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From Volker Mische <>
Subject Re: delayed_commits false
Date Tue, 06 Jul 2010 23:01:48 GMT
(memo to myself, don't send mails late at night)

On the other hand, do developers care about performance? And if, they 
would read the documentation.


On 07.07.2010 00:58, Volker Mische wrote:
> I have to admit that the point, that the main audience of a tarball are
> developers is a good one. Perhaps people that do binary distributions of
> CouchDB (like all the linux distros) could be encouraged to turn it to
> false (though I have no idea what their general policy about changing
> defaults is).
> Cheers,
> Volker
> On 07.07.2010 00:52, Mikeal Rogers wrote:
>> I think there is a balance that we can find here between user
>> experience and
>> durability.
>> I think the biggest question for me is, who is the primary target of the
>> tarball download?
>> If it's developers, I think we should leave it on.
>> If it's people who are going to put it up, vanilla, in to production, we
>> should turn them off.
>> I know that I would certainly advocate keeping them off in the CouchDBX
>> build.
>> -Mikeal
>> On Tue, Jul 6, 2010 at 3:46 PM, Volker
>> Mische<>wrote:
>>> On 07.07.2010 00:06, Damien Katz wrote:
>>>> On Jul 5, 2010, at 8:49 AM, Volker Mische wrote:
>>>> Hi All,
>>>>> delayed_commits were enabled to have better performance especially for
>>>>> single writers. The price you pay for is that you potentially lose
>>>>> up to one
>>>>> second of writes in case of a crash.
>>>>> Such a setting makes sense, though in my opinion it shouldn't be
>>>>> enabled
>>>>> by default. I expect* that people running into performance issues
>>>>> at least
>>>>> take a look at the README or a FAQ section somewhere. There the
>>>>> delayed_commit setting could be pointed out.
>>>>> I'd like to be able to say that on a vanilla CouchDB it's hard to lose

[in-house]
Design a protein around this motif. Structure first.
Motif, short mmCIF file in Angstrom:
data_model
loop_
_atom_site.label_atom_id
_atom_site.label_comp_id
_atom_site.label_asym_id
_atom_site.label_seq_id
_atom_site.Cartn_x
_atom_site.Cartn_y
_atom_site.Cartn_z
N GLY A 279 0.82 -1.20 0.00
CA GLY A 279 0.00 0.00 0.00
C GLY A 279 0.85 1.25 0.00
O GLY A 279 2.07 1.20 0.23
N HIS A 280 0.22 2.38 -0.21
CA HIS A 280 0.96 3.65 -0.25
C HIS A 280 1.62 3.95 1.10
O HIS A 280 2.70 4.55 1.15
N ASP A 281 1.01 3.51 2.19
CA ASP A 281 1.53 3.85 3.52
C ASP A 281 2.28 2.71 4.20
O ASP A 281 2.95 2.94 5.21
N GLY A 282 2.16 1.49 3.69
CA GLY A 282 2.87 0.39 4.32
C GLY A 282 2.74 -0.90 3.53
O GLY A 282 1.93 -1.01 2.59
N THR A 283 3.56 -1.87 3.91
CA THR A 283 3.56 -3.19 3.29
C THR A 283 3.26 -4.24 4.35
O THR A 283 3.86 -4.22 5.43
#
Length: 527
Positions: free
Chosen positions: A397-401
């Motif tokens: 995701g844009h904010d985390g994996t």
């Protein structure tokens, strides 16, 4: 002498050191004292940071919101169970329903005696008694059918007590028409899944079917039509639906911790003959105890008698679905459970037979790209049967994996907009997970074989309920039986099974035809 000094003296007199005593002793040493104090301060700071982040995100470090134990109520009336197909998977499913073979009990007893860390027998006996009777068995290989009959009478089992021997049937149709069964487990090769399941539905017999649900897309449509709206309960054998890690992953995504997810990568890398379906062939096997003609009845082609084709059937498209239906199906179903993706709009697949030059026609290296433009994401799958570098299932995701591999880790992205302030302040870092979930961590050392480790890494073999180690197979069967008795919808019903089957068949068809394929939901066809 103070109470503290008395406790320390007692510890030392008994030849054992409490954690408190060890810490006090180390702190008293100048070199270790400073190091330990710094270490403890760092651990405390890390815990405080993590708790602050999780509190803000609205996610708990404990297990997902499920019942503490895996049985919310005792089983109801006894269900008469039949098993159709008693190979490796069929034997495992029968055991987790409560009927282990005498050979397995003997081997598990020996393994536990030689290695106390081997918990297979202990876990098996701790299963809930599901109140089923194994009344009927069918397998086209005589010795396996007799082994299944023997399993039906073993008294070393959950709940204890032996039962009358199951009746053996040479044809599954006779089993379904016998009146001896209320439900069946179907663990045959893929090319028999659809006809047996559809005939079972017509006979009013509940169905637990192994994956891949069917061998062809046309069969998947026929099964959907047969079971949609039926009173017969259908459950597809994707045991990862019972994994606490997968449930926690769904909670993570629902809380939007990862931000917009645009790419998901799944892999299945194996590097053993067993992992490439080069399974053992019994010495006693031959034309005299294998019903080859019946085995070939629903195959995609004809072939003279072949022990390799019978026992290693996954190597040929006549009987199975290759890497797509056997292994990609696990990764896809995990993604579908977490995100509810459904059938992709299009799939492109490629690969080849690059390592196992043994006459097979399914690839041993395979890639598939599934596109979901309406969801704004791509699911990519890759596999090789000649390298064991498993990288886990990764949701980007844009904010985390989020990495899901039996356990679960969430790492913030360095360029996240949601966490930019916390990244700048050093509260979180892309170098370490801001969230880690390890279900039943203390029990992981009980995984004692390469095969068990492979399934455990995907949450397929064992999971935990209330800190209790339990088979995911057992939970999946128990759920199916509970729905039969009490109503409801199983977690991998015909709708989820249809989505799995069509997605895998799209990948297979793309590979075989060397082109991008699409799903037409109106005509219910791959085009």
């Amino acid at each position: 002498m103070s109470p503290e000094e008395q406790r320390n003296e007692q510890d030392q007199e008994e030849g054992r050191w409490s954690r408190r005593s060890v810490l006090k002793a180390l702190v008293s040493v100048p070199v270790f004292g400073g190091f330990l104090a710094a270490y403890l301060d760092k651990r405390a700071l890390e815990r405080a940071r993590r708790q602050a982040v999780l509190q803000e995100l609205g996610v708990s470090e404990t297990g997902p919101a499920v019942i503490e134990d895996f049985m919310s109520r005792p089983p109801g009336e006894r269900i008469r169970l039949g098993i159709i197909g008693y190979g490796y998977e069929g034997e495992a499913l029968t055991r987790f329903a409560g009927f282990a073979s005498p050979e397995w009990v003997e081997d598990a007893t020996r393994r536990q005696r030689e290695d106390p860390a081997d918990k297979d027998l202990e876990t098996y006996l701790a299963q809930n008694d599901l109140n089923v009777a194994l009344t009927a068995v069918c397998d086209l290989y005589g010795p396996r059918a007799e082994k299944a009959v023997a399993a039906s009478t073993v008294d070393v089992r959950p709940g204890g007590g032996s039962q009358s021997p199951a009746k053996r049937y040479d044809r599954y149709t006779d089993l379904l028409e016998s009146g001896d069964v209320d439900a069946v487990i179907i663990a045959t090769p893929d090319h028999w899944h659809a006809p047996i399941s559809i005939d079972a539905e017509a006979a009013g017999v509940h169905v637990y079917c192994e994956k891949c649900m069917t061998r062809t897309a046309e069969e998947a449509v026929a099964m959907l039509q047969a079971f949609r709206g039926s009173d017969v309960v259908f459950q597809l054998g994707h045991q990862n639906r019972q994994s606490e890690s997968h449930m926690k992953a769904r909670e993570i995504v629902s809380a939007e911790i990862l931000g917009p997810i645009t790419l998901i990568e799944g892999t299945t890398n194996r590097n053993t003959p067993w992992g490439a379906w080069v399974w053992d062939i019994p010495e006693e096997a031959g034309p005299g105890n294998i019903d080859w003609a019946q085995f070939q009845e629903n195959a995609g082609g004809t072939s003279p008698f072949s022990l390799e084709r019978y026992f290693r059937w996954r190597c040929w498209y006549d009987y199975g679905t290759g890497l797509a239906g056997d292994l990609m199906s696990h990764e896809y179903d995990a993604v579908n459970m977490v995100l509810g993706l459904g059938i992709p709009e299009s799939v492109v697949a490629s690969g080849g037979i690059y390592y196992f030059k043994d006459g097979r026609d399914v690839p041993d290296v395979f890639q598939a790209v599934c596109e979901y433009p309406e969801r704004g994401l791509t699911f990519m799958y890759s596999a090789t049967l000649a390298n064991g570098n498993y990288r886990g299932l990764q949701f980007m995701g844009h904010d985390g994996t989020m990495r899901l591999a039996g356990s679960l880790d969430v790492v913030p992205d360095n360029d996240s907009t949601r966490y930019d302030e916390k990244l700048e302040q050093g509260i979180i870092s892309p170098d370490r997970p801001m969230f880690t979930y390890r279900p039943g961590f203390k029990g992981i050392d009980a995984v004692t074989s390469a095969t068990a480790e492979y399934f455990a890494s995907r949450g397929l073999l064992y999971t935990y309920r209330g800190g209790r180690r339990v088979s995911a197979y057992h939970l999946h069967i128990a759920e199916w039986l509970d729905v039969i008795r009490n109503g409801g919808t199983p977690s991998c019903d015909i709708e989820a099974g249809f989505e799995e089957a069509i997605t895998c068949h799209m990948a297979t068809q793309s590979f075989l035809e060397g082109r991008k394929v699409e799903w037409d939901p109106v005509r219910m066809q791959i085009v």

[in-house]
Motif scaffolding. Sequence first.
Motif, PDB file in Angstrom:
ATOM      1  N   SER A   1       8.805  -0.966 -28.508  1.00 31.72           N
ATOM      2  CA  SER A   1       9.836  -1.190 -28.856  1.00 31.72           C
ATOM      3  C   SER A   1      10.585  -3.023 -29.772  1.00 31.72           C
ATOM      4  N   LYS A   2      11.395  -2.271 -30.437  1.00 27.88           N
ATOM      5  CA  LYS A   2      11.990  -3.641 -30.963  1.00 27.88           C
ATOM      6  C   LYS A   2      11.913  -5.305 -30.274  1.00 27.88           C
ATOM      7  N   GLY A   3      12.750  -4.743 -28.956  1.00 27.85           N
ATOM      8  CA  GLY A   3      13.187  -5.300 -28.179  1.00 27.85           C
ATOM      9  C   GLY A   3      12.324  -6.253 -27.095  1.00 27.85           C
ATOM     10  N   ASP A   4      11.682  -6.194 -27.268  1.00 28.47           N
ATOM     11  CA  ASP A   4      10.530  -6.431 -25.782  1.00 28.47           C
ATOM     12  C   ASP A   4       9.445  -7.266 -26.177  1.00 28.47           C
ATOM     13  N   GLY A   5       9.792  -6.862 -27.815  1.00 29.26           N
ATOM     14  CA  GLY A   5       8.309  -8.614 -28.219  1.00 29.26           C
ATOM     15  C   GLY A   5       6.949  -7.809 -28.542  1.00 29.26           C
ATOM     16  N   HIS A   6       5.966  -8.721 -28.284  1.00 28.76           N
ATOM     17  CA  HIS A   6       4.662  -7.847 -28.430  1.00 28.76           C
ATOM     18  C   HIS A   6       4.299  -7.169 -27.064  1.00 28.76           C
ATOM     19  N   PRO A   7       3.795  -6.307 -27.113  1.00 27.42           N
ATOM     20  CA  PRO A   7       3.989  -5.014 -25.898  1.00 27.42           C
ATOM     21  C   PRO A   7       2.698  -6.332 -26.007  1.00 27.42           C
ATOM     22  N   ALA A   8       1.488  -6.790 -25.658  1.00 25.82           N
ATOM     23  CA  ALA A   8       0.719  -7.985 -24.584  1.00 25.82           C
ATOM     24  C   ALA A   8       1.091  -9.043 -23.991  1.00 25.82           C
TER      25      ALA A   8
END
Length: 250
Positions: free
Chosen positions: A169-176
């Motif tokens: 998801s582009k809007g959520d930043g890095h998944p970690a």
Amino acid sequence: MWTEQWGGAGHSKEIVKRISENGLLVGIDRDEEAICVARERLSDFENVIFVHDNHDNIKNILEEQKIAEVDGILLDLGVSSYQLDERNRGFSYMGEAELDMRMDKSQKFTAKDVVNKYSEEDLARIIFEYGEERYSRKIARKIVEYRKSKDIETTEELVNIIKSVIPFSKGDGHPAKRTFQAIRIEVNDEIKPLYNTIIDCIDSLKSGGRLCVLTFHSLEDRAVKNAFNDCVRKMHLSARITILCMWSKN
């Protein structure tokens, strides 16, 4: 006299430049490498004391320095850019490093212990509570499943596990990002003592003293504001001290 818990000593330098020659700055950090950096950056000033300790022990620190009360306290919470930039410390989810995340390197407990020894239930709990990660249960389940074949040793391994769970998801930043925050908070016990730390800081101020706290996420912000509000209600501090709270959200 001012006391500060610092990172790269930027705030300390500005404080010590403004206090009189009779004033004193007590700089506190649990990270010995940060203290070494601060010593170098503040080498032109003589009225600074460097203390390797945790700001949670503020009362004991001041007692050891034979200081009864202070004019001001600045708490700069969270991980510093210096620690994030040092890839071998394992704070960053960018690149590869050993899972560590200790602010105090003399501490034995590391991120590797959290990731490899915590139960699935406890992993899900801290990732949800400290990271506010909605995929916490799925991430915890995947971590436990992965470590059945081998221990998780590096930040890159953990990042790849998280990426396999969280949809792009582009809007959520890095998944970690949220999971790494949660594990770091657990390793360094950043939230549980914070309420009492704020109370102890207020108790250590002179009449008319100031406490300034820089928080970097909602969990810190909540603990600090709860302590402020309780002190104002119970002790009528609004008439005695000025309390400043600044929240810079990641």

>>>>> data, but I can't atm. I'm also well aware that there will be
>>>>> plenty of
>>>>> performance tests when 1.0 is released and people will complain (if
>>>>> delayed_commits would be set to false by default) that it is
>>>>> horrible slow.
>>>>> Though safety of the data is more important for me.
>>>>> If the only reason why delayed_commits is true by default are the
>>>>> performance tests of some noobs, I really don't think it's a price
>>>>> worth
>>>>> paying.
>>>>> *I know that in reality people don't
>>>>> I would like to see delayed_commits=false for 1.0
>>>> Last year we turned off delayed commits by default. We got lots of
>>>> complaints, the performance impact was too great. So we switched it
>>>> back. We
>>>> aren't the first storage engine to go around on this. For example,
>>>> Apple's
>>>> core data switched to using full fsyncs for each write in 10.4, but
>>>> then
>>>> switched it back for 10.5:
>>>> "Important: The default behaviors in Mac OS X v10.4 an 10.5 are
>>>> different.
>>>> In Mac OS X v10.4, SQLite uses FULL_FSYNC by default; in Mac OS X
>>>> v10.5 it
>>>> does not."
>>>> Anyway, we can improve the documentation warning's, etc, but we should
>>>> stay with the current defaults.
>>>> -Damien
>>> As 1.0 is approaching fast, I think this discussion is pretty important.
>>> Especially this thread showed that there are people that prefer setting
>>> delayed_commits to false. Although sometimes someone has to make the
>>> last
>>> call, and there is probably no one better than the creator of the
>>> project, I
>>> think it this case the decision should be made by more people.
>>> For *me personally* the authority of Apache CouchDB are the
>>> committers. I
>>> would love to see them vote on this topic (being it public or private
>>> doesn't matter).
>>> Cheers,
>>> Volker

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